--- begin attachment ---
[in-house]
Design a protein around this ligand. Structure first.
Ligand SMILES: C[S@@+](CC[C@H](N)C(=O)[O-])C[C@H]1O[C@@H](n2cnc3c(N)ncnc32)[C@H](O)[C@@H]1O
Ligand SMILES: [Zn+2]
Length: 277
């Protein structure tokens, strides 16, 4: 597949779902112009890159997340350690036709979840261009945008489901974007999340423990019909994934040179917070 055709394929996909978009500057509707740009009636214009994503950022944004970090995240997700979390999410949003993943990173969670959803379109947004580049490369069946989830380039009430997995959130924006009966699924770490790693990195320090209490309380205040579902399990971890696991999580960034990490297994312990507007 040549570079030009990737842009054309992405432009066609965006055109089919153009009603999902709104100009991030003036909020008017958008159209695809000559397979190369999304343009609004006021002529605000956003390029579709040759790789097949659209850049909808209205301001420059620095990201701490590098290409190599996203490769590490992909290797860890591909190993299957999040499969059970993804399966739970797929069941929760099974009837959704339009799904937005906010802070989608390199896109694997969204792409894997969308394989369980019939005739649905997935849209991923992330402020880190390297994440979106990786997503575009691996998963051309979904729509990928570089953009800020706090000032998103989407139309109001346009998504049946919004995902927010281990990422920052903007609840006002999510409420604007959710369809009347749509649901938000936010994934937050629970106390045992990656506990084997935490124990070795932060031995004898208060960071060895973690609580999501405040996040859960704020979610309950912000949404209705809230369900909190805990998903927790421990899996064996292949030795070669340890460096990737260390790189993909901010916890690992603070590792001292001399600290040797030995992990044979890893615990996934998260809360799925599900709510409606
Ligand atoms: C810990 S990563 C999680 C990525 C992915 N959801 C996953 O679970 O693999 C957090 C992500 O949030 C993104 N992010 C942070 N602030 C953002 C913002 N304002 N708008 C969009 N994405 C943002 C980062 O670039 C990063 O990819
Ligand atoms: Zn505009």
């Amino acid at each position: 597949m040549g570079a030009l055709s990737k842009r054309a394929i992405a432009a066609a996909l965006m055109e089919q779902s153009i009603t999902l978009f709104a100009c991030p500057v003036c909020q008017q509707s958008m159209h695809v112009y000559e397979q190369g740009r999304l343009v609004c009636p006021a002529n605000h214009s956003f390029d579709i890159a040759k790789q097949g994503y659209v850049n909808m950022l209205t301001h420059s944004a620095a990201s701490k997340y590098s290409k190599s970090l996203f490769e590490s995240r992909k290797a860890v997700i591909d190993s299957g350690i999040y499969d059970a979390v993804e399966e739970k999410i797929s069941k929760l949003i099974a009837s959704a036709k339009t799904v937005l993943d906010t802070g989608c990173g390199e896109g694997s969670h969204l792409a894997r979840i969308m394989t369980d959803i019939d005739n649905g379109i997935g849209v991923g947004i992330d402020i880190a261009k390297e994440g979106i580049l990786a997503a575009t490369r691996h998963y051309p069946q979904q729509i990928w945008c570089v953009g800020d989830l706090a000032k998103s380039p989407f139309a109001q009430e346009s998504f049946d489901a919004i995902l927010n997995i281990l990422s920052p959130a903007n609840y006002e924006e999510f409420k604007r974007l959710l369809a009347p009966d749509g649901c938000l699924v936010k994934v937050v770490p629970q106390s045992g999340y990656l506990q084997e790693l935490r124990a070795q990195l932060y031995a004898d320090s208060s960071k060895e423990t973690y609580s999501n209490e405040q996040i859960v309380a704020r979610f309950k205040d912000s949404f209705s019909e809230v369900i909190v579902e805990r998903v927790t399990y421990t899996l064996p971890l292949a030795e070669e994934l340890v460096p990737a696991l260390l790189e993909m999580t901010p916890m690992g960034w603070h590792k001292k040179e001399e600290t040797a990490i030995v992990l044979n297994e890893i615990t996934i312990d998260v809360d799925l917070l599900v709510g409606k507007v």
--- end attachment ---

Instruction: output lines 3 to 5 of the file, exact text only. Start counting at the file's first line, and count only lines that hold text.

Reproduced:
Ligand SMILES: C[S@@+](CC[C@H](N)C(=O)[O-])C[C@H]1O[C@@H](n2cnc3c(N)ncnc32)[C@H](O)[C@@H]1O
Ligand SMILES: [Zn+2]
Length: 277